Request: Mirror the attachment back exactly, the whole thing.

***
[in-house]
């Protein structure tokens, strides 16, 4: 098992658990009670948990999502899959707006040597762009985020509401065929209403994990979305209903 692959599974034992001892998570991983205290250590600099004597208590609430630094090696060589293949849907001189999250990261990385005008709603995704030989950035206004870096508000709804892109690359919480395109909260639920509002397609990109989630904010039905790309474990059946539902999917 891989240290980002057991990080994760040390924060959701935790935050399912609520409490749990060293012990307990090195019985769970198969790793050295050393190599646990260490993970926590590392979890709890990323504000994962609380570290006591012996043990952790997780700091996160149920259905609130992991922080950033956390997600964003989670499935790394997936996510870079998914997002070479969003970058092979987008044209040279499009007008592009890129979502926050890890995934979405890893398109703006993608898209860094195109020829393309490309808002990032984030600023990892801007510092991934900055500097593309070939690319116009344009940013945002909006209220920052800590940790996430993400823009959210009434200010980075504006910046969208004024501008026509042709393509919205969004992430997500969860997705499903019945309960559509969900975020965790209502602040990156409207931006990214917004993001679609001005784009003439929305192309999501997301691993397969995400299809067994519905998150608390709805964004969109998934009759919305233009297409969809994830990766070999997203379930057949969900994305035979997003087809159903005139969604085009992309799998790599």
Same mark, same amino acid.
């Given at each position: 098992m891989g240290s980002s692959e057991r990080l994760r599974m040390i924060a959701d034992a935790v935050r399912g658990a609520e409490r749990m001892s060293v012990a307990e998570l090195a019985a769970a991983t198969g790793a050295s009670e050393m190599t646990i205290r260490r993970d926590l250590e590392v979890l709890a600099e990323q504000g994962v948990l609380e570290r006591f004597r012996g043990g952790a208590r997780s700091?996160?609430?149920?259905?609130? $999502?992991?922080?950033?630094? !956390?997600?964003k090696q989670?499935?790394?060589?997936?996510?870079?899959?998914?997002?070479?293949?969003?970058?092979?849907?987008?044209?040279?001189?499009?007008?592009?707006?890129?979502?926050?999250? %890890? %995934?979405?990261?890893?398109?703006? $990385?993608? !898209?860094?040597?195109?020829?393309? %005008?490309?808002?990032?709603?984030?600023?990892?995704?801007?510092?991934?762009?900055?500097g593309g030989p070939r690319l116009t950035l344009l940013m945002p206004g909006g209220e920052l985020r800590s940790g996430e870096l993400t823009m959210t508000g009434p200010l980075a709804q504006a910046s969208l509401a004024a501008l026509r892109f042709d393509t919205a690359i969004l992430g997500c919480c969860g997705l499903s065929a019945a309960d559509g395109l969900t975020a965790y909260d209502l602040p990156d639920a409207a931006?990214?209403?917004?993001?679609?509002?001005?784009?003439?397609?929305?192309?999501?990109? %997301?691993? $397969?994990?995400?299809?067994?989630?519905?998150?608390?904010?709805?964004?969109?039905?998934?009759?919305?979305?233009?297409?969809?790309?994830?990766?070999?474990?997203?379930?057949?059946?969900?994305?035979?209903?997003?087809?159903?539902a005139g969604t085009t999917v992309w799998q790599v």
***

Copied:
[in-house]
């Protein structure tokens, strides 16, 4: 098992658990009670948990999502899959707006040597762009985020509401065929209403994990979305209903 692959599974034992001892998570991983205290250590600099004597208590609430630094090696060589293949849907001189999250990261990385005008709603995704030989950035206004870096508000709804892109690359919480395109909260639920509002397609990109989630904010039905790309474990059946539902999917 891989240290980002057991990080994760040390924060959701935790935050399912609520409490749990060293012990307990090195019985769970198969790793050295050393190599646990260490993970926590590392979890709890990323504000994962609380570290006591012996043990952790997780700091996160149920259905609130992991922080950033956390997600964003989670499935790394997936996510870079998914997002070479969003970058092979987008044209040279499009007008592009890129979502926050890890995934979405890893398109703006993608898209860094195109020829393309490309808002990032984030600023990892801007510092991934900055500097593309070939690319116009344009940013945002909006209220920052800590940790996430993400823009959210009434200010980075504006910046969208004024501008026509042709393509919205969004992430997500969860997705499903019945309960559509969900975020965790209502602040990156409207931006990214917004993001679609001005784009003439929305192309999501997301691993397969995400299809067994519905998150608390709805964004969109998934009759919305233009297409969809994830990766070999997203379930057949969900994305035979997003087809159903005139969604085009992309799998790599």
Same mark, same amino acid.
């Given at each position: 098992m891989g240290s980002s692959e057991r990080l994760r599974m040390i924060a959701d034992a935790v935050r399912g658990a609520e409490r749990m001892s060293v012990a307990e998570l090195a019985a769970a991983t198969g790793a050295s009670e050393m190599t646990i205290r260490r993970d926590l250590e590392v979890l709890a600099e990323q504000g994962v948990l609380e570290r006591f004597r012996g043990g952790a208590r997780s700091?996160?609430?149920?259905?609130? $999502?992991?922080?950033?630094? !956390?997600?964003k090696q989670?499935?790394?060589?997936?996510?870079?899959?998914?997002?070479?293949?969003?970058?092979?849907?987008?044209?040279?001189?499009?007008?592009?707006?890129?979502?926050?999250? %890890? %995934?979405?990261?890893?398109?703006? $990385?993608? !898209?860094?040597?195109?020829?393309? %005008?490309?808002?990032?709603?984030?600023?990892?995704?801007?510092?991934?762009?900055?500097g593309g030989p070939r690319l116009t950035l344009l940013m945002p206004g909006g209220e920052l985020r800590s940790g996430e870096l993400t823009m959210t508000g009434p200010l980075a709804q504006a910046s969208l509401a004024a501008l026509r892109f042709d393509t919205a690359i969004l992430g997500c919480c969860g997705l499903s065929a019945a309960d559509g395109l969900t975020a965790y909260d209502l602040p990156d639920a409207a931006?990214?209403?917004?993001?679609?509002?001005?784009?003439?397609?929305?192309?999501?990109? %997301?691993? $397969?994990?995400?299809?067994?989630?519905?998150?608390?904010?709805?964004?969109?039905?998934?009759?919305?979305?233009?297409?969809?790309?994830?990766?070999?474990?997203?379930?057949?059946?969900?994305?035979?209903?997003?087809?159903?539902a005139g969604t085009t999917v992309w799998q790599v």